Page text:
Even the mystery itself is of a metaphysical nature. Four girls have the same nightmares, see ghostly visions and are involved in strange accidents, one of them is in a coma. The question is, is someone trying to hurt them, or are they just mentally unstable? It’s not a case the police can do anything about, so one of the girl’s mother seeks out the local private investigator, Friar Tobe, as he is known.

Tobias isn’t a Friar. He left the order before completing his novitiate, but he is a Christian with a clearly profound faith who had been on his way to becoming a Brother, and the locals have taken to referring to him as Friar Tobe.  In this way, he is the Christian equivalent of Tenzin from the Rule of Ten books by Gay Hendricks. Tenzin is an ex-Buddhist monk and also a PI but his cases are more of a worldly nature.

Tobias  is a likeable character, open-minded, self-aware, intelligent and with a highly refined wit that is shared by the equality intelligent female lead, Samantha. She is one of the four eighteen-year-olds involved in the case, and she flirts with him. He finds her enchanting, but since she is a client, he mustn’t fall for her, a fact that adds a nice undercurrent of sexual tension to the story.

Ms. Keley is a consummate story teller, and this book, like her On the Soul of a Vampire series, has a symbolic aspect, in this case in the shared nightmare. Tobias must piece together all the threads of a mystery that operates on the mental, physical and spiritual planes and that calls for his knowledge of linguistics and his understanding of the spiritual dimension.

All the characters are well-fleshed out and believable ( Sam is more mature than many eighteen-year-olds but not unrealistically so),  and another particularly likeable character is Father Mike. The relationship between the two men has the light touch that comes from a long and close friendship.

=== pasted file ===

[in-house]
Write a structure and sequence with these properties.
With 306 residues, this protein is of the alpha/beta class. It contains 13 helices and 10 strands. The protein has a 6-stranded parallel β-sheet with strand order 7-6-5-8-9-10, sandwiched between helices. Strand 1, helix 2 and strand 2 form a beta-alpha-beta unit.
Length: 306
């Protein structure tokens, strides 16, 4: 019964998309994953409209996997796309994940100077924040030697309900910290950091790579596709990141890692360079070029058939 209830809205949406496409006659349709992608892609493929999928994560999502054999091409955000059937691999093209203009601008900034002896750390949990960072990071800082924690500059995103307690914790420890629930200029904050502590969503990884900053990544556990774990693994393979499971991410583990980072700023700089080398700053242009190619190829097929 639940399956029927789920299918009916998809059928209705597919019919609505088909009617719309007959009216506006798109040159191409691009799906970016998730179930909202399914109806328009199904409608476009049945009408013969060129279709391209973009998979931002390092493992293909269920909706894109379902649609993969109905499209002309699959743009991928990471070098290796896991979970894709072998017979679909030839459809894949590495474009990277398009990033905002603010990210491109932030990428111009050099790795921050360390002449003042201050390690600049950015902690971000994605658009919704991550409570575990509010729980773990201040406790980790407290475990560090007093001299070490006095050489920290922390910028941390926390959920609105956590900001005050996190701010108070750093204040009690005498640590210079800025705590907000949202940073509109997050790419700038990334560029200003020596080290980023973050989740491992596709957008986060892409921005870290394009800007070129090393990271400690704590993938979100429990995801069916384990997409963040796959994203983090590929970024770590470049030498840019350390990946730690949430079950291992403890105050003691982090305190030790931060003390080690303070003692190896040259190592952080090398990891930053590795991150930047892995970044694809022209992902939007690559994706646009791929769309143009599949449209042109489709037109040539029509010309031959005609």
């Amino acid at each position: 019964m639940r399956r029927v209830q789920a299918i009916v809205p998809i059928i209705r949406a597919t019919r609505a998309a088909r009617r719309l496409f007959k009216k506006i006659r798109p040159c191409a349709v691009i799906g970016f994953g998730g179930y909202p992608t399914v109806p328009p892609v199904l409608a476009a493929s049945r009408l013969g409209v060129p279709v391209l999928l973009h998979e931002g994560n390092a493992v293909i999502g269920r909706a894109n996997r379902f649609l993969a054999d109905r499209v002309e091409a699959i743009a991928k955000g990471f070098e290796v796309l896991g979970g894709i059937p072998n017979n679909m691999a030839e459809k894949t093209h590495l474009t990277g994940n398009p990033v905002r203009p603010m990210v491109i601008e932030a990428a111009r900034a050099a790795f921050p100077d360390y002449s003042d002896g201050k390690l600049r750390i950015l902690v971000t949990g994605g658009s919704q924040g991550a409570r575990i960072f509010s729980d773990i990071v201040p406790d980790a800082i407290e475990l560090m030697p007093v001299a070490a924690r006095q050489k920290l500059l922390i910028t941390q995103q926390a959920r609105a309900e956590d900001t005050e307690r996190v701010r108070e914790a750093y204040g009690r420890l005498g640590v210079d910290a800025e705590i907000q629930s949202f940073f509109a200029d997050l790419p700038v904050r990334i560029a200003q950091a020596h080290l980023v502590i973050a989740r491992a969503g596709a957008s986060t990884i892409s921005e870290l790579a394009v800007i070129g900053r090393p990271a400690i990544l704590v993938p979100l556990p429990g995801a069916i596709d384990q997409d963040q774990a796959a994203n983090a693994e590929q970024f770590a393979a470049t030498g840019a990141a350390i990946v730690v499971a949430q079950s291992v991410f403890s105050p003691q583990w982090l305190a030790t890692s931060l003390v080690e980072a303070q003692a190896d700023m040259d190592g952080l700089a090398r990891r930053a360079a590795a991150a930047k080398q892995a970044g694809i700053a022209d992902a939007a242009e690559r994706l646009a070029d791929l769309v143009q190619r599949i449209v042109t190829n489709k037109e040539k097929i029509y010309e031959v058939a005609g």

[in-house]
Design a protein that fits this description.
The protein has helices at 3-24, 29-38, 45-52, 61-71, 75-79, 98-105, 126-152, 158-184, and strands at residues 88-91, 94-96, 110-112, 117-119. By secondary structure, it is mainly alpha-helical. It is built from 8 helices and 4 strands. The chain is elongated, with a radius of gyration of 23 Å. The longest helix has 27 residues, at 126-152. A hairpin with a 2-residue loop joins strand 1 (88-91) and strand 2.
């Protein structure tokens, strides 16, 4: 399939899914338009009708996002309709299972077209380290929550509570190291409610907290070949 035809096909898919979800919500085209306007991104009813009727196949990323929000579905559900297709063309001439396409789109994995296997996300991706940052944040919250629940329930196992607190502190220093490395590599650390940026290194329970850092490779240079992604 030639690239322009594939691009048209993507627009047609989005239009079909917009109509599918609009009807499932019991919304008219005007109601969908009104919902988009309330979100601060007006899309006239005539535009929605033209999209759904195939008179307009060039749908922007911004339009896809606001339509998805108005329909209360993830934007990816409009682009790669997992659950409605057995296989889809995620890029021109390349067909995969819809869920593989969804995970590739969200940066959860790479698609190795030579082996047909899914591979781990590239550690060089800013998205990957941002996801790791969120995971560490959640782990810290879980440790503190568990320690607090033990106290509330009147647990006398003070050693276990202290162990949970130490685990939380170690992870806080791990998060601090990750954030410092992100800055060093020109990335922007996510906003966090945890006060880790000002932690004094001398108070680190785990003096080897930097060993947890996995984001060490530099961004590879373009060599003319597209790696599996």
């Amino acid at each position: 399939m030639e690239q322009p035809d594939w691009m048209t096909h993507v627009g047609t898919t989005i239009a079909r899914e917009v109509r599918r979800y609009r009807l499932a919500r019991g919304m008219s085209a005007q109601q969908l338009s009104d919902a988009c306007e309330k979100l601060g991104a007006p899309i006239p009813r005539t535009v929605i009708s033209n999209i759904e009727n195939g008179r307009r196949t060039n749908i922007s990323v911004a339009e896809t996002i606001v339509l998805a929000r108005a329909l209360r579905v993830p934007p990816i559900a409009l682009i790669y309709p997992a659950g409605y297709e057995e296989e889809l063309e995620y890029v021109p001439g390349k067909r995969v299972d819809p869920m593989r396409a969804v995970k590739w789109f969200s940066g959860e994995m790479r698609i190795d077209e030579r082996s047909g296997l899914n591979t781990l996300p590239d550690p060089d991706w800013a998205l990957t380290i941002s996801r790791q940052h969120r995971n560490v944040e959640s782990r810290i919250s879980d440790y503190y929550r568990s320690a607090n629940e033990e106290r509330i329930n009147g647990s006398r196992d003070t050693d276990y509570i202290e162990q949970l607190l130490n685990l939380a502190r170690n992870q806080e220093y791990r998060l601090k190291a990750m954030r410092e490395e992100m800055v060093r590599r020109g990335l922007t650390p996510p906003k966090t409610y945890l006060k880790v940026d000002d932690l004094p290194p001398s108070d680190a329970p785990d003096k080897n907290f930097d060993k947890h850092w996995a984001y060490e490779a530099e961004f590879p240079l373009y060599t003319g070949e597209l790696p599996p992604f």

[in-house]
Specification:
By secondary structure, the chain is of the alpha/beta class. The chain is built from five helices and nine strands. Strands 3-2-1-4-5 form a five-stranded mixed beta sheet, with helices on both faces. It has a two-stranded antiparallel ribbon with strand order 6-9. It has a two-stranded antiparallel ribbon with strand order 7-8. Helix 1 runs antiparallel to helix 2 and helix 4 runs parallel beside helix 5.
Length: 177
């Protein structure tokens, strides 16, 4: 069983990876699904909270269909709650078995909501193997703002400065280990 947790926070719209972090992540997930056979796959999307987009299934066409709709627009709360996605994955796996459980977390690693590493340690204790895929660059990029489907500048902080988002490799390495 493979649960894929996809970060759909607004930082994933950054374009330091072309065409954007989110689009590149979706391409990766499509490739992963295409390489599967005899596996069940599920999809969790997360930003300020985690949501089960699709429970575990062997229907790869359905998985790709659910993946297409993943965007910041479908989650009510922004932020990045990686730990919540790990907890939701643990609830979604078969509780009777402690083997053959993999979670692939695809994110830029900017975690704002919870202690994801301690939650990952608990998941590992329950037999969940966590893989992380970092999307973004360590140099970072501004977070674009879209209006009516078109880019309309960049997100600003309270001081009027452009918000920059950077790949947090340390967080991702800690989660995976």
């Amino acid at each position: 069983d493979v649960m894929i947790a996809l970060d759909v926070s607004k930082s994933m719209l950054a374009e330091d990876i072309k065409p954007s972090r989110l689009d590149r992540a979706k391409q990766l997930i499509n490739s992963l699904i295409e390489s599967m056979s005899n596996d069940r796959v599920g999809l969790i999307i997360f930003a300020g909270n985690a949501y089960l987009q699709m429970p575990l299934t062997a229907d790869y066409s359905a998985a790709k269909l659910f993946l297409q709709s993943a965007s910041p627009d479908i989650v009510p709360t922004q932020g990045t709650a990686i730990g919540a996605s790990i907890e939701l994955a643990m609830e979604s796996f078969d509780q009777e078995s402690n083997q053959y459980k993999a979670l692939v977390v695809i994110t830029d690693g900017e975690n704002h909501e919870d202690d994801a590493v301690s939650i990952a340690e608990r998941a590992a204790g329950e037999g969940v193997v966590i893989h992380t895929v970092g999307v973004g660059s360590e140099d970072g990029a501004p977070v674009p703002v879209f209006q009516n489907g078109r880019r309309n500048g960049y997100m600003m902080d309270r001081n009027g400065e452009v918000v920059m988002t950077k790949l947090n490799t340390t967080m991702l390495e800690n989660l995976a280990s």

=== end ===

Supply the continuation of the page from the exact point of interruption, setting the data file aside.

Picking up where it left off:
This is an entertaining and enjoyable mystery, but it is also much more. It is also a thought-provoking exploration of divine justice and redemption, a particularly wonderful book for those with an interest in philosophy, for Ms. Keley has a degree in theology. She knows her stuff and it shows. This is the finest kind of metaphysical fiction in that the philosophy and its world view are not only inseparable from the story, but also are fully researched and don’t in any way impinge upon or overpower the storyline. So it can be enjoyed on many levels; the kind of book that feeds your mind and soul, and perhaps even opens your heart somewhat.

It is also flawlessly edited, not a typo or grammatical error in sight. Highly recommended.

Review by Tahlia Newland. Read more of her reviews on Tahlia Newland, reader, writer & reviewer. You can also join her on Facebook , Twitter  Google+  or Linkedin.

Mareritt, by Krisi Keley
Krisi Keley, 2013
Kindle, 204 printed pages
Buy at Amazon

Book review: Unison (The Spheral)

  Simultaneous lifetimes give reincarnation novel a fresh feel

Unison (The Spheral) reincarnation fiction visionary novelRating: 4 out of 5 stars

What if you could go back and try, again and again, until you got it right? The Groundhog Day premise of “Unison” is familiar, but Papanou keeps it fresh with a futuristic utopian/dystopian setting and some visionary plot twists.